Along the same lines of Fishing Etiquette is posting fishing reports on social media.  I do it a lot as I like to help other folks catch more and bigger fish.  This doesn’t set well with some folks and I’ve recently been attacked on social media for trying to give other folks help.  These people do not want you disclosing any fishing locations or methods as they think they own bodies of water or certain spots on a lake, river or stream.  I have news for those type of people, no one owns any public waters and if someone wants to disclose the location and method they used to catch fish, then more power to them.  There was a time when fellow fishermen helped each other.  Locals provided fishing reports to the newspapers and everyone was friendly on the water.  It is really sad where we have come to in this aspect.

Something else in the realm of etiquette is another trend that seems to be growing and that is cheating in tournaments.  Maybe it isn’t a growing trend and it is more folks are being caught or more reporting of these incidents is more widely spread.  Either way I just don’t understand what drives someone to cheat.  I guess I don’t understand tournament cheaters just like I don’t understand thieves and liars.  I compete in tournaments to see how I fair against other anglers.  Sure it is great to win and get the trophies and prizes but what are they really worth if you have to cheat to get them?  To me they would just be meaningless if I didn’t earn them myself.  I just hope that karma in some way takes care of anyone that cheats and doesn’t get caught.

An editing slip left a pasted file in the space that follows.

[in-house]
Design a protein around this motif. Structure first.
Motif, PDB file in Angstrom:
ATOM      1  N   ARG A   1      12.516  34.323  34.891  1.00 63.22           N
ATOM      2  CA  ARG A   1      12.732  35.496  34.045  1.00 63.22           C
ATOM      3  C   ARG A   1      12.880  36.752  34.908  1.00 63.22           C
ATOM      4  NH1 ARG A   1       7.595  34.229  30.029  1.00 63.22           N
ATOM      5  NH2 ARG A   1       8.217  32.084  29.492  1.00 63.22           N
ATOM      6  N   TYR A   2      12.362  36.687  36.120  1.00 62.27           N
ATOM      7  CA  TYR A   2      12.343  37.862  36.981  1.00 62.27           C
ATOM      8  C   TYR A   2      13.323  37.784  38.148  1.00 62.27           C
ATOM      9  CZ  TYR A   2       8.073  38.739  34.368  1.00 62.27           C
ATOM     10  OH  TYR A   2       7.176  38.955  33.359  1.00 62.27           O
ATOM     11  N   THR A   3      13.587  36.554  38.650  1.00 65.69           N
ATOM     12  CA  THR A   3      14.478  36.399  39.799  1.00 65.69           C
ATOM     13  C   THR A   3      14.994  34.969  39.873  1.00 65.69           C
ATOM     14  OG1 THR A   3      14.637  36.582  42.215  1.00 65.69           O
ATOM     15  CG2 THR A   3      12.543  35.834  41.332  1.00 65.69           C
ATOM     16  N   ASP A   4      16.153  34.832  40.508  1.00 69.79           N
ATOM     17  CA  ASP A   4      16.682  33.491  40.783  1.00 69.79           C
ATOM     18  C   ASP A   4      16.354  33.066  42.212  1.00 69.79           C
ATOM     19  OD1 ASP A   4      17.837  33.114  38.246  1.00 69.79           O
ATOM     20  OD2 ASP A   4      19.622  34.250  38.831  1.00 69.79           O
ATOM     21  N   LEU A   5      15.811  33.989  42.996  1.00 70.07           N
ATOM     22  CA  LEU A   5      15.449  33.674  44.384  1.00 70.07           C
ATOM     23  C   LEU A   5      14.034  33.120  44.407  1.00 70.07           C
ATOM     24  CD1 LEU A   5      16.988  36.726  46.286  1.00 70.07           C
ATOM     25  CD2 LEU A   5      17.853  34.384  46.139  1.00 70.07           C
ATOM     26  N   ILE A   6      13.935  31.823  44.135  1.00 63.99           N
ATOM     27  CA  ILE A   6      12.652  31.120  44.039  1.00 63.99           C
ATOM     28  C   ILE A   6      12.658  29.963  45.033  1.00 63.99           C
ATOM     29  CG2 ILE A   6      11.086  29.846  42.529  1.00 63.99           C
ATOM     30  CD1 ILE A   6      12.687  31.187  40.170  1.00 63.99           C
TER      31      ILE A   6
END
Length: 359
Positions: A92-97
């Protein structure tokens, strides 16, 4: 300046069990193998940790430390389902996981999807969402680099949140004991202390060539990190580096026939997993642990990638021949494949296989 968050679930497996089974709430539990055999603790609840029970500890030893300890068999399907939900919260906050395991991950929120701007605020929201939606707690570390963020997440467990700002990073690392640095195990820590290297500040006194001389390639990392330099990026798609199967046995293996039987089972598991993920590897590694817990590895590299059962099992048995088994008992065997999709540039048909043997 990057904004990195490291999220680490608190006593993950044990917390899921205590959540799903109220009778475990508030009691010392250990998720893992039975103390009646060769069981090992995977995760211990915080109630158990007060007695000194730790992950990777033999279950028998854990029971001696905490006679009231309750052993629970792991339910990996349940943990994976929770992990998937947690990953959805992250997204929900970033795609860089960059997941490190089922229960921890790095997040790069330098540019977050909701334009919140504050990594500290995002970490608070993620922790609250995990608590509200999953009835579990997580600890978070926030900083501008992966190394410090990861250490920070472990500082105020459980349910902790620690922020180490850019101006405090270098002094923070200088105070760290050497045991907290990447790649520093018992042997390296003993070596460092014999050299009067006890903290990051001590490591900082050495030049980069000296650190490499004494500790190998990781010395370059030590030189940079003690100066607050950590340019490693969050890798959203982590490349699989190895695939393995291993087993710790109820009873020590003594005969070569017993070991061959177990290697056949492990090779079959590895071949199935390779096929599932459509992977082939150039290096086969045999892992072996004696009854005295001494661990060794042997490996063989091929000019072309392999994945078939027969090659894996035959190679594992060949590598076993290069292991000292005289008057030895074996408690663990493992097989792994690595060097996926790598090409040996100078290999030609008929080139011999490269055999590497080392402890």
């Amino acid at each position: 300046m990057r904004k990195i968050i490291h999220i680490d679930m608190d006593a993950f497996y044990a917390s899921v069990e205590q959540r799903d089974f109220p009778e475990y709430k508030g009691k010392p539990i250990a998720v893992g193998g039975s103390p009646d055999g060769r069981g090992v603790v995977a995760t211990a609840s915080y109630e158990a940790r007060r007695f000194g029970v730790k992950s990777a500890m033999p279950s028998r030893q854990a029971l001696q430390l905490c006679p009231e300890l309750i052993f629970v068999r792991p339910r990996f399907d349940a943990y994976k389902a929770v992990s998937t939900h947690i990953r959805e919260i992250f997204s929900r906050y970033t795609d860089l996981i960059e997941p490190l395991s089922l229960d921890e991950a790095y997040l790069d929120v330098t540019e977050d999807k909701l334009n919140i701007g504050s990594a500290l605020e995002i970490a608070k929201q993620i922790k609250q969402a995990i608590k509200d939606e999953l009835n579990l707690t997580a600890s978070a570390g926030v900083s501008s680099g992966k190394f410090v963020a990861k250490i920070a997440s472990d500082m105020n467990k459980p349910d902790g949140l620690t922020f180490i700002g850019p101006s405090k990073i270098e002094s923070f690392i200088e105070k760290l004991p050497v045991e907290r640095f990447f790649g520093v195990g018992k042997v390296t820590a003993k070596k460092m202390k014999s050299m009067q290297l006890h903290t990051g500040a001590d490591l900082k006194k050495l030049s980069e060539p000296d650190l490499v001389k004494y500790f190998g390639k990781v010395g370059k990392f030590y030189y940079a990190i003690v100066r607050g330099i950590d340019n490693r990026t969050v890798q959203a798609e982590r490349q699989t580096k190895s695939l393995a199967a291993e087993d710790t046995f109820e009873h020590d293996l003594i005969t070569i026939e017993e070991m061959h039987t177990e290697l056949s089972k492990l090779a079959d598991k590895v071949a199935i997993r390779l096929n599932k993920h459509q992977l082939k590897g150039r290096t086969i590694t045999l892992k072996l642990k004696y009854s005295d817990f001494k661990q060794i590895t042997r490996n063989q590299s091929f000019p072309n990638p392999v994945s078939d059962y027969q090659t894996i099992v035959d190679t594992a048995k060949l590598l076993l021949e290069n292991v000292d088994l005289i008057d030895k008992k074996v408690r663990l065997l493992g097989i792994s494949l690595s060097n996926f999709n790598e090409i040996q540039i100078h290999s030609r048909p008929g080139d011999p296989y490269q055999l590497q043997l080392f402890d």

One more etiquette related subject that seems to be more prevalent or more widely noticed these days is “Smack Talking”.  It might be more widely noticed because everyone so interconnected on social media. There was always some smack talk that happened in groups of friends, clubs and even bigger tournament series.  However it happened in the background and was more in fun than anything else, but in these days you see it happening on social media for all the world to see. I think anyone that fishes tournaments is guilty of a little smack talk from time to time, I know I am but I’m not so sure posting it on social media is a good thing.  For the most part I know it really is no harm meant, but it has led to some heated encounters on the water over the years.  It may also give fans of some fishermen the wrong impression of them as well, especially if that fisherman is doing it on social media. I don’t think it will ever stop, heck I don’t know that I can stop, but I will try very hard not to post any smack talk on social media.

One of the other things I am very pleased to see is the numbers of people now getting involved with tournament fishing.  Heck the level of competition today is 10 times what it was back when I started out.  Even at the local Bass Club level there are a lot of very good fishermen.  Now with High Schools and Colleges having Bass Teams competing, the level of competition is getting higher with each day.  Heck I wish there were Bass Fishing Teams when I was growing up! I tell you no matter the tournament, location or level you are fishing you will be competing against some great fishermen. 

Well there you have it folks, some of my thoughts, opinions and plain ramblings from my many years of tournament fishing.  In closing I hope this has given each of you some food for thought. I also want to wish each of you much luck in your tournament fishing.

Until next time, Tight Lines and Take a Kid Fishing!!